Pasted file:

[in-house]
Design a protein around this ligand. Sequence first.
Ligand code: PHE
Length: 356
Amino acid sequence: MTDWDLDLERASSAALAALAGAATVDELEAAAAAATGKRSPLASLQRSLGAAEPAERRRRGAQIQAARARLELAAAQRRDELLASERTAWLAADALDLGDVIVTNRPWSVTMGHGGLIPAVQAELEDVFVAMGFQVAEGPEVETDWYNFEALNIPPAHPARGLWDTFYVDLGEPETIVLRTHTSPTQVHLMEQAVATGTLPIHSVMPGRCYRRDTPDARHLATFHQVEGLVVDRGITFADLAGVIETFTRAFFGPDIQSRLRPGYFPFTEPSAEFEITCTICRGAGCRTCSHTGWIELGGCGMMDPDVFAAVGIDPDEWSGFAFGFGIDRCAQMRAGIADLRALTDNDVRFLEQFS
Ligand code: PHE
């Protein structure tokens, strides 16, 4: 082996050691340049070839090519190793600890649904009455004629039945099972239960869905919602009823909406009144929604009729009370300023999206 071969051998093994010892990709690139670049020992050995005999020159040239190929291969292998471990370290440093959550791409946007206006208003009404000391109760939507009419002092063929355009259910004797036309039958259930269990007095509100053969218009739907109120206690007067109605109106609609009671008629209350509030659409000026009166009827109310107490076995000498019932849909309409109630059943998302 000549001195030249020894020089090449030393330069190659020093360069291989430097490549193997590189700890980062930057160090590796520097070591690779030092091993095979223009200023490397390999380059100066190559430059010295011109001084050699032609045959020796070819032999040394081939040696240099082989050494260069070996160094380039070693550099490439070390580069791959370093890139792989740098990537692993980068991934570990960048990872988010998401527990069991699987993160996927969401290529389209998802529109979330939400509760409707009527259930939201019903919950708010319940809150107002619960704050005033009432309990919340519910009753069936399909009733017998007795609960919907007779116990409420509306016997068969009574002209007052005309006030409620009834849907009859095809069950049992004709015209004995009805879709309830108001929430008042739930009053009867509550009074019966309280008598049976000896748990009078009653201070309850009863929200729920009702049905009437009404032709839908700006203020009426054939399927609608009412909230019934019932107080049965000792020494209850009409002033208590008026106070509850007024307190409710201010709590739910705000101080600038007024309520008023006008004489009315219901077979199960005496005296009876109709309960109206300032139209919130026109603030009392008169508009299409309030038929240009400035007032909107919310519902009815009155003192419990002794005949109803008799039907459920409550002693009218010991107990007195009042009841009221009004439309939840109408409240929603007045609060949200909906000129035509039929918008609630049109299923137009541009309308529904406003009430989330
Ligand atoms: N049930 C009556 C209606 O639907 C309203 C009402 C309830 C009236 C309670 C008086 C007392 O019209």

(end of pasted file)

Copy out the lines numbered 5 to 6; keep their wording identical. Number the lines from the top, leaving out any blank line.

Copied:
Amino acid sequence: MTDWDLDLERASSAALAALAGAATVDELEAAAAAATGKRSPLASLQRSLGAAEPAERRRRGAQIQAARARLELAAAQRRDELLASERTAWLAADALDLGDVIVTNRPWSVTMGHGGLIPAVQAELEDVFVAMGFQVAEGPEVETDWYNFEALNIPPAHPARGLWDTFYVDLGEPETIVLRTHTSPTQVHLMEQAVATGTLPIHSVMPGRCYRRDTPDARHLATFHQVEGLVVDRGITFADLAGVIETFTRAFFGPDIQSRLRPGYFPFTEPSAEFEITCTICRGAGCRTCSHTGWIELGGCGMMDPDVFAAVGIDPDEWSGFAFGFGIDRCAQMRAGIADLRALTDNDVRFLEQFS
Ligand code: PHE